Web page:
Mortgage interest rates have moved about a percentage point lower from where they were a year ago. The housing market seems to have responded favorably. On my way into D.C. the other day to do some business, I joined a Twitter exchange originally between [at]Graykimbrough and Adam Ozimek, [at]ModeledBehavior about the effects of Federal Reserve interest policy on the housing market. Seems unlikely housing market was slowed by trade war.
This post is for me and future me, though if you get something out of that, that’s great too. Here I will jot down some notes on something I’ve been thinking about. Because reasons, I have been interested in Vector Error Correction Models (VECM). I’ve been thinking of the case where you estimate an error correction model, and have available external forecasts for one of the variables. How can you easily construct the conditional forecasts for the VECM in R?
Today I tweeted something that turned out to be pretty popular: US consumer prices pic.twitter.com/LxIxvEnGFe — 📈 𝙻𝚎𝚗 𝙺𝚒𝚎𝚏𝚎𝚛 📊 (@lenkiefer) October 10, 2019 This was an update to a visualization we have talked about here. In this post I want to provide some updated R code to make this visualization taking advantage of the new gganimate api. I’ll also share some code for mortgage rate plots. The code for the inflation plot is pretty simple.
I’m hearing that folks have been invited to speak at the upcoming Rstudio conference. Congratulations to the folks who got accepted this year. I am not sure if I’m going to go to the conference this year, but I recommend you consider it if you love R. I spoke there last year, giving an E-Poster. It was a lot of fun. The best part was getting a chance to meet other R enthusiasts.
I’ve been thinking about smoothing time series data. I tweeted out a bite size bit of code. To fit it into a tweet, I had to squeeze things down a bit. Slightly more verbose, and using fredr to get data from FRED using their API. You’ll need an API key from FRED. These data happen to be for New Private Housing Units Authorized by Building Permits - in Structures with 1 Unit.
Early last Friday morning I was sitting in Palm Springs International Airport waiting to catch a flight back to Virginia. I had traveled out west to speak at the 2019 NAGLREP Conference. This Friday happened to be jobs Friday, when the U.S. Bureau of Labor Statistics releases the employment situation. Jobs Fridays are busy on Twitter. Everybody seems eager to offer a perspective on what the latest jobs numbers mean for the U.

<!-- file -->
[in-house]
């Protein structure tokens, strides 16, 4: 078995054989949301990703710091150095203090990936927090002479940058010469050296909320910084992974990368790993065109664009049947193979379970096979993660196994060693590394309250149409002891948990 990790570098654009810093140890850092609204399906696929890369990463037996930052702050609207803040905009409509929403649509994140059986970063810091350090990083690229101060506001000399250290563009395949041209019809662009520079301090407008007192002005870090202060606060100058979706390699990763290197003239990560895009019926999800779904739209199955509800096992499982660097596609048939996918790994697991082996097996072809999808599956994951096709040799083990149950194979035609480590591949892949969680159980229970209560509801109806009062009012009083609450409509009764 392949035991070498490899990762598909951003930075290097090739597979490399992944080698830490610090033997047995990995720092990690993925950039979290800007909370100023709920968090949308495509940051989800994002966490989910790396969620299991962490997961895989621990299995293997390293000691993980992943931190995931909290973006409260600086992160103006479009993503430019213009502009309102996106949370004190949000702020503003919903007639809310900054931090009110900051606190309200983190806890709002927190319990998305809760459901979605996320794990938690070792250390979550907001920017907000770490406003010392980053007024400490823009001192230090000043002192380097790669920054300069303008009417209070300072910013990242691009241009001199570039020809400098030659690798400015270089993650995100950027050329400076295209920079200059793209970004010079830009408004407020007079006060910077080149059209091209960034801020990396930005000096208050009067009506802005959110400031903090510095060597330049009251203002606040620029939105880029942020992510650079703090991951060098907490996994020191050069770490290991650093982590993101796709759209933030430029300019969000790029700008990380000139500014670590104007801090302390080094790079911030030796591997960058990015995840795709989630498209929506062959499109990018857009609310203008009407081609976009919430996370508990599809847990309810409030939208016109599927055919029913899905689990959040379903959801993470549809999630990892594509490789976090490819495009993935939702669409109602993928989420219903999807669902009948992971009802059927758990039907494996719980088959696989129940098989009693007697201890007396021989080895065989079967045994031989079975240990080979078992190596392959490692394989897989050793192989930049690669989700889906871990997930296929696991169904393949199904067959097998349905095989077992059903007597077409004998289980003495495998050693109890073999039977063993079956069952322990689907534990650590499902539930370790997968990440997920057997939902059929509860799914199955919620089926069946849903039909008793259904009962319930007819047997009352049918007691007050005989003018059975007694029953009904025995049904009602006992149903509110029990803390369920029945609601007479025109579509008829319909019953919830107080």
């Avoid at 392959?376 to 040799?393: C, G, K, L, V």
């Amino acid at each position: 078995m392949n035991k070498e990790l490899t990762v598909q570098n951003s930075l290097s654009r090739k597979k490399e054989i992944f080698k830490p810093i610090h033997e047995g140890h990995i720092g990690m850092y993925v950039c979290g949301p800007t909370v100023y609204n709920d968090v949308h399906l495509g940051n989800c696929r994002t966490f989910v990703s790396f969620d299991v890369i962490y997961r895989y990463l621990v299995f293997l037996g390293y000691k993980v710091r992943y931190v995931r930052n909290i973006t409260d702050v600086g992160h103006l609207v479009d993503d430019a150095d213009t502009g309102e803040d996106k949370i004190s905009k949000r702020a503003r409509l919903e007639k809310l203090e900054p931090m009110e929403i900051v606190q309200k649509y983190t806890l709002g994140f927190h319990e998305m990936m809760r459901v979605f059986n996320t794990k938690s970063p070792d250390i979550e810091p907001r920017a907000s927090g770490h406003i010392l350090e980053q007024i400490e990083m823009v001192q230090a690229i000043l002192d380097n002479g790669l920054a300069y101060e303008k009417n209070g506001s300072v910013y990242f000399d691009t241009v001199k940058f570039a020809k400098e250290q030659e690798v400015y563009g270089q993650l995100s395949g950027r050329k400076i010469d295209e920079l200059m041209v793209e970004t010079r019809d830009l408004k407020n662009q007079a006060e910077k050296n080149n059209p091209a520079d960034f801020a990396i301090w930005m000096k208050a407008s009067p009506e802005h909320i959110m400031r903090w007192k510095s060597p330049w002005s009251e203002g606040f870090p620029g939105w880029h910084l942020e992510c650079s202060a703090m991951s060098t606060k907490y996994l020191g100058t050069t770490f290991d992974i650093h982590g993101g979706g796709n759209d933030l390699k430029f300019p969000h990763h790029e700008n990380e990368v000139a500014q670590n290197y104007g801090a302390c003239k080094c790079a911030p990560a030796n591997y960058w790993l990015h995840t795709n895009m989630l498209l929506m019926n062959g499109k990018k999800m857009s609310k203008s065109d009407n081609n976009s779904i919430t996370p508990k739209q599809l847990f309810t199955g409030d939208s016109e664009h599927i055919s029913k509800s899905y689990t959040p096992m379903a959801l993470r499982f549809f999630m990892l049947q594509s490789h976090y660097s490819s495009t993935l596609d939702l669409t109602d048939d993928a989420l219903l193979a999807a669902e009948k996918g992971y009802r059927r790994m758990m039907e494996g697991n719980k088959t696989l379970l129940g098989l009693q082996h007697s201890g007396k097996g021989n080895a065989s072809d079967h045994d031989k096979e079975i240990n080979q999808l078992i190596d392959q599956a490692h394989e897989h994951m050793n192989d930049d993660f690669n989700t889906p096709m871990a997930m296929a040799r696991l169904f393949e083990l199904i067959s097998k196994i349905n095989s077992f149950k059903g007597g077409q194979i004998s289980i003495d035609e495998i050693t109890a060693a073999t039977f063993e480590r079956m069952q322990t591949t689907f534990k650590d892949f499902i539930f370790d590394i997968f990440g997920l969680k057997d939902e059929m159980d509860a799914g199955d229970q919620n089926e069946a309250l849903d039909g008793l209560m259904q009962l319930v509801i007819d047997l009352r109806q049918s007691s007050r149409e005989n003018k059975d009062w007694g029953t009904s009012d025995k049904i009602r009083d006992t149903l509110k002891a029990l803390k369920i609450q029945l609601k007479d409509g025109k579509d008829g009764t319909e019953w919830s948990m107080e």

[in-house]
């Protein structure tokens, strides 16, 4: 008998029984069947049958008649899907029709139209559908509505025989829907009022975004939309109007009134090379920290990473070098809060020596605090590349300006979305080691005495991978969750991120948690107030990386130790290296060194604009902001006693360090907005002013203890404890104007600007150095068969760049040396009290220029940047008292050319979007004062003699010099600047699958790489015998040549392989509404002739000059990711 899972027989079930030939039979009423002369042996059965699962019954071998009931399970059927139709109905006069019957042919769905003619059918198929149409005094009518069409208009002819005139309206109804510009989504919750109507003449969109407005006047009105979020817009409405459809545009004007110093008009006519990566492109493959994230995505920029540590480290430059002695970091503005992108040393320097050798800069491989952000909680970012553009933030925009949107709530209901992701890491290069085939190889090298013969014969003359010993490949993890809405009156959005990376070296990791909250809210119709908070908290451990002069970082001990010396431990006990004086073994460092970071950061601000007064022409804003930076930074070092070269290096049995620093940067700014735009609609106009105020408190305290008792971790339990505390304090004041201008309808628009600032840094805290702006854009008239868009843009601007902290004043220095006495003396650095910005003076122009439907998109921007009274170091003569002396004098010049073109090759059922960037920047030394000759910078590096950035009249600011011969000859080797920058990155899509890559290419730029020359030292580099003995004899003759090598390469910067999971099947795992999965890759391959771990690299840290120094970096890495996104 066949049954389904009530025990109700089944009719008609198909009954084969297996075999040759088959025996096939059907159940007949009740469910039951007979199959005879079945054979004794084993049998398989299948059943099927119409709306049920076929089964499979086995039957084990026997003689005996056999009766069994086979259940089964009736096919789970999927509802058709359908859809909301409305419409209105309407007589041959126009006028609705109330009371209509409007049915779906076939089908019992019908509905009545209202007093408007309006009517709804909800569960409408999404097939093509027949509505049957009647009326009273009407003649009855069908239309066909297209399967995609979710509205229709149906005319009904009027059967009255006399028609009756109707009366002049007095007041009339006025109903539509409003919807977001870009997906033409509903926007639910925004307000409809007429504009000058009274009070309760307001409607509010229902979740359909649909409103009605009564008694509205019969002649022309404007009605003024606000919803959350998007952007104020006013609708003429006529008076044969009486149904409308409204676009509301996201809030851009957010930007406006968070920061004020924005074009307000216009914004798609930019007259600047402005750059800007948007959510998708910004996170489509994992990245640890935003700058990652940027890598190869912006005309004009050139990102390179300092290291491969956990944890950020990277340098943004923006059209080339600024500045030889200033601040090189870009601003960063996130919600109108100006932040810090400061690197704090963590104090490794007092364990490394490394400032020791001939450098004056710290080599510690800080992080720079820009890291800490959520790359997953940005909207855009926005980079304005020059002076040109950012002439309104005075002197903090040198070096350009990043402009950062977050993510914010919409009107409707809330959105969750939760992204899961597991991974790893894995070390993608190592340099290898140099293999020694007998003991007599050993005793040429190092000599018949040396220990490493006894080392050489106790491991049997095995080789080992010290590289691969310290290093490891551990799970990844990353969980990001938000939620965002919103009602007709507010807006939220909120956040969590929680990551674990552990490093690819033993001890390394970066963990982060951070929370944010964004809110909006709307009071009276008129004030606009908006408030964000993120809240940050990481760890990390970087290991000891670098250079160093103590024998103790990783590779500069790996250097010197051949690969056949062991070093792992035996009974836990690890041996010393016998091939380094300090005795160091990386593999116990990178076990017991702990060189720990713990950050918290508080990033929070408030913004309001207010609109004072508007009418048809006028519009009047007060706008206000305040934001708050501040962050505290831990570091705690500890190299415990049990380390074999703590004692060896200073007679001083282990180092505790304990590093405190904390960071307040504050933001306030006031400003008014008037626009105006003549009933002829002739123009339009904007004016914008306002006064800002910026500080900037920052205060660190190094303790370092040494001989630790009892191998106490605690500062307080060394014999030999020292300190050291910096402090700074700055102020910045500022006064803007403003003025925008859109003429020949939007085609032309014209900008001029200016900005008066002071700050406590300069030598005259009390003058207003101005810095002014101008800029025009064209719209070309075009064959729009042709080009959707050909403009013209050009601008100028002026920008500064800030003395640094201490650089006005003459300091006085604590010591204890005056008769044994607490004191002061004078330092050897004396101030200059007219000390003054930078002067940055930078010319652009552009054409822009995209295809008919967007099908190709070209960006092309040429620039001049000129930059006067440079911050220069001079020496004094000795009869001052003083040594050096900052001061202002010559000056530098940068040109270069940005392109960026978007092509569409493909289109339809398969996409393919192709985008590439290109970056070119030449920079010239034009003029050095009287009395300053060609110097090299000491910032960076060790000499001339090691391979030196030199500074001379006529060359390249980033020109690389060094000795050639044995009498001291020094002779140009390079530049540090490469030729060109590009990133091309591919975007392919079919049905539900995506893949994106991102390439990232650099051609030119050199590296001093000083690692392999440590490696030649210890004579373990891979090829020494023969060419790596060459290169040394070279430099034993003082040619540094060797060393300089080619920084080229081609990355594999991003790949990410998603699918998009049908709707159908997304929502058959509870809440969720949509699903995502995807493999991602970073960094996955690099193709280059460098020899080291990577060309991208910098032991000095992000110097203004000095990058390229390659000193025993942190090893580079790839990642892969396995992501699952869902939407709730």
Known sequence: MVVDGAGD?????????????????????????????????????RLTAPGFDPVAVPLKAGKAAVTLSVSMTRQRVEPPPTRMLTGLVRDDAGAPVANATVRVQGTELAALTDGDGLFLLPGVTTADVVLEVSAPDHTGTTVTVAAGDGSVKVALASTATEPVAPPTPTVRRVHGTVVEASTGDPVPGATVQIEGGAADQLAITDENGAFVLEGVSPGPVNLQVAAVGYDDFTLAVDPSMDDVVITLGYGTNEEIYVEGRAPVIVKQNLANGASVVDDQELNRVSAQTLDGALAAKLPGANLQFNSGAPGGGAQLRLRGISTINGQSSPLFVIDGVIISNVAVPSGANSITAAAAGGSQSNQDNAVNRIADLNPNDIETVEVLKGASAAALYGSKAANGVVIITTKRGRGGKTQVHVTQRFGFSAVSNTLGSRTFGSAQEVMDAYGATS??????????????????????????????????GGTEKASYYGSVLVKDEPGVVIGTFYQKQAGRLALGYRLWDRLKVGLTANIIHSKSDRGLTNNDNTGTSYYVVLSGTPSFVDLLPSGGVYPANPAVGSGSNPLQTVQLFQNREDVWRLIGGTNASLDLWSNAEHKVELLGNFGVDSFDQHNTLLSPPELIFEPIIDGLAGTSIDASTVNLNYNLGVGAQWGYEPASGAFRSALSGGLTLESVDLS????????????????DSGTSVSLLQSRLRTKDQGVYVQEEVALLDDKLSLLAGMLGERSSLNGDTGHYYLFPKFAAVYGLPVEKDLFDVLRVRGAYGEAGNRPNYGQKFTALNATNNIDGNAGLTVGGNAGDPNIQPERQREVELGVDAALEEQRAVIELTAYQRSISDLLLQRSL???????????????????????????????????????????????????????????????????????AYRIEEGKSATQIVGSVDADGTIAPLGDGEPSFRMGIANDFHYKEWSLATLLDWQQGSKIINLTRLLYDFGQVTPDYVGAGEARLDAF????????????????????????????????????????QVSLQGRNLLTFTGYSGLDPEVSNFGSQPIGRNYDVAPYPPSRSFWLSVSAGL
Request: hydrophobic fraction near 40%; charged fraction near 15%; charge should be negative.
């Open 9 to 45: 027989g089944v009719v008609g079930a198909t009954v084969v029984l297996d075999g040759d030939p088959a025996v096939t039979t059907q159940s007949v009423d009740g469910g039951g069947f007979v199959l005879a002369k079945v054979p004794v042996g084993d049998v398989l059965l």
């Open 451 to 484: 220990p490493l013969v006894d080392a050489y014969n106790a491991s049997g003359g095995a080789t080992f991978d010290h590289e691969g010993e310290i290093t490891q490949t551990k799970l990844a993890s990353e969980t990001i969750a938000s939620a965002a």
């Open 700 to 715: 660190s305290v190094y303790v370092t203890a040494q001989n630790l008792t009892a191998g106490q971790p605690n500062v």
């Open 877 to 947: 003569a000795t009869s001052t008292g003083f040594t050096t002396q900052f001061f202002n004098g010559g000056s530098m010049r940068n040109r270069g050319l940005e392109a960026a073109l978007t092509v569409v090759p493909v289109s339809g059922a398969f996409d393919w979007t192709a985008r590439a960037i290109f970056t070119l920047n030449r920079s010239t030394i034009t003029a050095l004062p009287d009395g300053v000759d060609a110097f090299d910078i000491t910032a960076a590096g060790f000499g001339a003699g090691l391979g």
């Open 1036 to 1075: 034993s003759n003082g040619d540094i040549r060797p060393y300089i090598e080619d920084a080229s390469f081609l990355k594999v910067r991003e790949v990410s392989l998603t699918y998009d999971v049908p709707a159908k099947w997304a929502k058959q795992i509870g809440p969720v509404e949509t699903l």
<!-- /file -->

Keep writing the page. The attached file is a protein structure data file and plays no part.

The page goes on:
Over the summer I spent a few weeks in Asia. One of the places I visited was Fushimi Inari-taisha in Kyoto, Japan. This shrine is situated on a beautiful mountain. What really struck me about this place was the vibrant colors used in the Torii gates and to decorate some of the fox statues like these: The color got stuck in my head, so I decided to look up the hex code here and created a modified ggplot2 theme using the color.
Found in Translation On a hill in Kyoto, Japan there is a most delightful sign. Near the Kiyomizu Temple temple in the Higashiyama District there are several picturesque streets. The presevered historic district is a favorite place for tourist shopping, tasty snacks, photo opportunities with majestic temples in the background. Many folks like to rent Kimonos (mostly women, but also a few men) and snap photos in the street. On my way through the district I happened across this wonderful sign attached to a private residence:
Earlier today I tweeted out some yield curve charts. I won’t go into great detail into the why, but here I will share some R code to make the charts. My Thread: hope you all are ready for some crazy yield curve charts, cuz you're about to get some crazy yield curve charts — 📈 𝙻𝚎𝚗 𝙺𝚒𝚎𝚏𝚎𝚛 📊 (@lenkiefer) August 7, 2019 We can get Treasury yield curve data from the U.
I have been exploring some visualizations for housing seasonality. In recent days I’ve tried out various ways of using tile plots to display seasonal patterns in home sales and other related data. In this post I want to share some of the R code I used to wrangle data and generate those plots. You can see some for example, in this thread (and others): though outside there's blistering heat